Alaska Highway via West Access Route – 2,701 miles

West Access Route

Seattle to Prince George

To access the Alaska Highway via the West Access Route, depart Seattle on Interstate 5. Cross the international border at Blaine (instead of Sumas), and follow Highway 99 through Vancouver to Horseshoe Bay and the start of the Sea to Sky Highway. This stunning highway, a former logging road, is a slight twist in the traditional West Access approach to the Alaska Highway. And it is, indeed, a twisting road, but Highway 99 also offers an exciting route into British Columbia’s Cariboo country. North of Cache Creek on Highway 97 turn off to Wells and Barkerville for part of the Gold Rush Circle Route side trip.

The W.A.C. Bennett Dam Visitor Centre is must stop for visitors. W.A.C. Bennett Dam
is one of the world’s largest earth-fill structures. (©Judy Nadon, staff)

Prince George to Dawson Creek

Leave Prince George via the Hart Highway to Dawson Creek. Stop in Chetwynd for a root-beer float and a look at some amazing chainsaw sculptures. Take a Tumbler Ridge side trip to see Kinuseo Falls or drive the Hudson’s Hope Loop and tour the huge W.A.C. Bennett Dam.

Liard River Hotsprings, open year-round, is a major attraction on the Alaska Highway.
(©Andrew Strain/Destination BC)

Alaska Highway

Dawson Creek to Whitehorse

Heading north up the Alaska Highway, allow enough time to stop and enjoy wildlife viewing, scenic lakes and historic lodges along the way. Stop for a soak at Liard River Hotsprings. At Watson Lake, first stop in Yukon, photograph the famous Sign Post Forest. From Watson Lake it is just 164 miles to Teslin, home of the George Johnston Museum and the Tlingit Heritage Center.

The Whitehorse horse statue on Two Mile Hill. (©Government of Yukon)

Next stop is Whitehorse, capital of Yukon and home to many of Yukon’s best known attractions, including the SS Klondike, Yukon Beringia Interpretive Center and the Yukon Transportation Museum. Side trips include scenic Atlin on Atlin Road and/or Emerald Lake and Carcross on the South Klondike Highway. Ride the historic White Pass & Yukon Route Railway roundtrip between Carcross and Skagway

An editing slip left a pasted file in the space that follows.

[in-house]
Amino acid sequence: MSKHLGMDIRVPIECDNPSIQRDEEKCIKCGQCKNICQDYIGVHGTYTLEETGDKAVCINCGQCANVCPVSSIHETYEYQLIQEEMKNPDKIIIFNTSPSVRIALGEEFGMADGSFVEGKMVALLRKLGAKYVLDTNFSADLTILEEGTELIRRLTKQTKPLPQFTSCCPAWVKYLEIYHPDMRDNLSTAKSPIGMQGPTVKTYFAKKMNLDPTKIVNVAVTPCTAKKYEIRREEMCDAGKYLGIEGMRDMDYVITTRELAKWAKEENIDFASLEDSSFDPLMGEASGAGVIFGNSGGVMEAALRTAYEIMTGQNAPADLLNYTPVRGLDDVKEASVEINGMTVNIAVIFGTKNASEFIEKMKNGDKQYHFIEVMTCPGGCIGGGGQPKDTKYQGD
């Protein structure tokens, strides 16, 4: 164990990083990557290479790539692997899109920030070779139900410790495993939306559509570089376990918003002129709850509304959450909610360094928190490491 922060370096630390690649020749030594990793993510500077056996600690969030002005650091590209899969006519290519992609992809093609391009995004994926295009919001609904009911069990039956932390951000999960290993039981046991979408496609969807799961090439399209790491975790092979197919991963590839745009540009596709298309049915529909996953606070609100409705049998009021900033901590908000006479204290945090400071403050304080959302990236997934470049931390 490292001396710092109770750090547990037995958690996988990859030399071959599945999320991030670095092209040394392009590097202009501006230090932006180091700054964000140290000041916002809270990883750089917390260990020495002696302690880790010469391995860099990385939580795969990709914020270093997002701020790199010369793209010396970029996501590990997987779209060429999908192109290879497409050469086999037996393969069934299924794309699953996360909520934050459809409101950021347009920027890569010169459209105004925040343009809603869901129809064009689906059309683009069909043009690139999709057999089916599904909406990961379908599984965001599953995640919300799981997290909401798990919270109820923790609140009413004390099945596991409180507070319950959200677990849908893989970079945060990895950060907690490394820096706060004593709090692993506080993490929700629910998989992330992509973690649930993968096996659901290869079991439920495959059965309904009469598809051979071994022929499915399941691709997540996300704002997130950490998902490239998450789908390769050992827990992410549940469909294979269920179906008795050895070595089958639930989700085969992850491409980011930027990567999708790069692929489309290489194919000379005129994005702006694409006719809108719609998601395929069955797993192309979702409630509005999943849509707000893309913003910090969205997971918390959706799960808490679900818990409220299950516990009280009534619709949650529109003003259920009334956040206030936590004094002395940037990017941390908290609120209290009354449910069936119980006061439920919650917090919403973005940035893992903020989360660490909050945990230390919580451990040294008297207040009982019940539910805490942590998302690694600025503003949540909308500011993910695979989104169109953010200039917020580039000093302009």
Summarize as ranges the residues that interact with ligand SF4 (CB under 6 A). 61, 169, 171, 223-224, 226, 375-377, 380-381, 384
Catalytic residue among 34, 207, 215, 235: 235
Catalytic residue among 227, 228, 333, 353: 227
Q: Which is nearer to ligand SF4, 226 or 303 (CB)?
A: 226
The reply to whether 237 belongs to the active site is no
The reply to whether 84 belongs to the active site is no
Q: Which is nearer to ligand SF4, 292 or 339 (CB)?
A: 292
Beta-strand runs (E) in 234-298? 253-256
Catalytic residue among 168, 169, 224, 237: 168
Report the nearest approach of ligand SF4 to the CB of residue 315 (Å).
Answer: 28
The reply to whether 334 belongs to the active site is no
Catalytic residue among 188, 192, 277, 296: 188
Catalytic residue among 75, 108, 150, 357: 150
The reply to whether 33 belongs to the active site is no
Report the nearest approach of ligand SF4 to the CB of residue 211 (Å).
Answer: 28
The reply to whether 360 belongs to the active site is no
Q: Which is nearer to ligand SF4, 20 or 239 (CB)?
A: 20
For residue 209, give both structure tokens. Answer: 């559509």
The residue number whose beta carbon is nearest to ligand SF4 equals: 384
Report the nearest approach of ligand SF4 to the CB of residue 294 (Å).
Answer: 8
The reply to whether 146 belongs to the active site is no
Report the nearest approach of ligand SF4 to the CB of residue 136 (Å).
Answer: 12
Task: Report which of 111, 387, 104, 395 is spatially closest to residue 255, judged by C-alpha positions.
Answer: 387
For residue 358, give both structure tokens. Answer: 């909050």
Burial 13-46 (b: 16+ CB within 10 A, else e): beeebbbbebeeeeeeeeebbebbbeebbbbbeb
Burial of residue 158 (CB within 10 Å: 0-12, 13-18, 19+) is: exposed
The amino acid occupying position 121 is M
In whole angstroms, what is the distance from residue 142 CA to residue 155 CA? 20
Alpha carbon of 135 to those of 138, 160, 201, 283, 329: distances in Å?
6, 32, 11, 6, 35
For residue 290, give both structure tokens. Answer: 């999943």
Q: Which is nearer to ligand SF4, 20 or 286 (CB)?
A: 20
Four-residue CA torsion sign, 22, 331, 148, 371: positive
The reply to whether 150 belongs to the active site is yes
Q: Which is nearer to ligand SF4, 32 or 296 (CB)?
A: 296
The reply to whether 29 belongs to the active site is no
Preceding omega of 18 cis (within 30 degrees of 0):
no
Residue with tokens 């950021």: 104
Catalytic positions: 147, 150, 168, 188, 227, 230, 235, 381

Haines Junction is located at the junction of the Alaska and Haines highways. The town offers exceptional outdoor experiences in addition to essential visitor services. (©Serine Reeves, staff)

Whitehorse to Fairbanks

Continuing north from Whitehorse, you will visit Haines Junction, the Kluane Lake area and Beaver Creek just before the border of Alaska at Port Alcan. Your first stop in Alaska will probably be Tok, which has all services and 2 visitor information centers. Delta Junction also has all services and is the official end of the historic Alaska Highway. Stop at the Big Delta State Historical Park just beyond Delta Junction and before driving on to Fairbanks. 

The Fairbanks visitor center is located inside the Morris Thompson Cultural Center, known for its
colorful flower displays in summer. (©Kris Valencia, staff)

Fairbanks has many attractions: Allow time for side trips to gold mines, Chena Hot Springs, the trans-Alaska pipeline, as well as visits to the Large Animal Research Station, Museum of the North and Pioneer Park. 

Visitors view Denali
On a clear day, Denali Viewpoint South at Milepost A 134.8 Parks Highway is an ideal place to view Denali.
(©Serine Reeves, staff)

Parks Highway

Plan on at least 2 days (or more) to drive the Parks Highway from Fairbanks south to Anchorage. There’s quite a bit to see and do on this highway, from horseback riding to touring sled dog kennels. Denali National Park is a must stop, as is the short side trip to Talkeetna. Anchorage side trips include Prince William Sound and the Kenai Peninsula.

Whittier harbor is the perfect jumping-off point to see the beauty of Prince William Sound
via tour cruise, kayak or ferry. (©Serine Reeves, staff)

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